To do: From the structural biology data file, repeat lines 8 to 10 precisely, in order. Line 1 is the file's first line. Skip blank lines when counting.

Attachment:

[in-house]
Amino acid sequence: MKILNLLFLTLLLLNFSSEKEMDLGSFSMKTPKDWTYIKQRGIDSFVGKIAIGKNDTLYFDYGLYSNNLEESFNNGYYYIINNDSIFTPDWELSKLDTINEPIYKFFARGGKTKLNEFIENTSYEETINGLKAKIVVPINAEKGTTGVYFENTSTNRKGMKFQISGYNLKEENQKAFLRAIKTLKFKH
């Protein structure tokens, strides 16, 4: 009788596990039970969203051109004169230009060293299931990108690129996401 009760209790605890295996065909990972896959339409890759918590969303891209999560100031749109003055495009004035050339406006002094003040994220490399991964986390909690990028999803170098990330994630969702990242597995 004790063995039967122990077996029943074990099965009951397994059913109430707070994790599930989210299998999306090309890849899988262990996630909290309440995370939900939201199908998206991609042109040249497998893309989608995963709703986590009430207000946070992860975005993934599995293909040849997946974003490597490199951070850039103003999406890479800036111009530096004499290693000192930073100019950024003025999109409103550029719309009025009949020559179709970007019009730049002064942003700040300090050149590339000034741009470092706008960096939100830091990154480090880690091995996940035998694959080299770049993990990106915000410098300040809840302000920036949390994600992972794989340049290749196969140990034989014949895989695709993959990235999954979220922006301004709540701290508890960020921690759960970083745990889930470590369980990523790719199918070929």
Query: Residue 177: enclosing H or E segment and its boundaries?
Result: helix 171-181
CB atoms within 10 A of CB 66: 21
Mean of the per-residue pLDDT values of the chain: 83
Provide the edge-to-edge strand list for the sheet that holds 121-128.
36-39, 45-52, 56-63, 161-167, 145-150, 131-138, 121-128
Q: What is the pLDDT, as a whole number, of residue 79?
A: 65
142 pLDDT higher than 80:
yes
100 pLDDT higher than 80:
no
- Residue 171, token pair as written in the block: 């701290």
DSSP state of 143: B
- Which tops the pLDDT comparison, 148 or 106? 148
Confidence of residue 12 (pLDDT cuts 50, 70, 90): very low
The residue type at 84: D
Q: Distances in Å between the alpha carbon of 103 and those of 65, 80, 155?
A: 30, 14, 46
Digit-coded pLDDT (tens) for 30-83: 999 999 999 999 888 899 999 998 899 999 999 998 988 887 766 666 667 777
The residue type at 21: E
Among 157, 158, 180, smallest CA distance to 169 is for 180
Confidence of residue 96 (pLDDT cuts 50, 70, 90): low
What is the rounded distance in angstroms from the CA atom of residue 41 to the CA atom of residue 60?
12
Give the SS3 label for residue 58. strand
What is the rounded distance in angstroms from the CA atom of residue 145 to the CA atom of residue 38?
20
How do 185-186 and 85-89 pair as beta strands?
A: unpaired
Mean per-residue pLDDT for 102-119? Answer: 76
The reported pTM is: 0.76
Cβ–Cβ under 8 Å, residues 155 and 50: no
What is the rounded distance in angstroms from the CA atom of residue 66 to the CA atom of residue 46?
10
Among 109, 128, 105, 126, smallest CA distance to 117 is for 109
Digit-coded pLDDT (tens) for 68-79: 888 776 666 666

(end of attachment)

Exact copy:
Provide the edge-to-edge strand list for the sheet that holds 121-128.
36-39, 45-52, 56-63, 161-167, 145-150, 131-138, 121-128
Q: What is the pLDDT, as a whole number, of residue 79?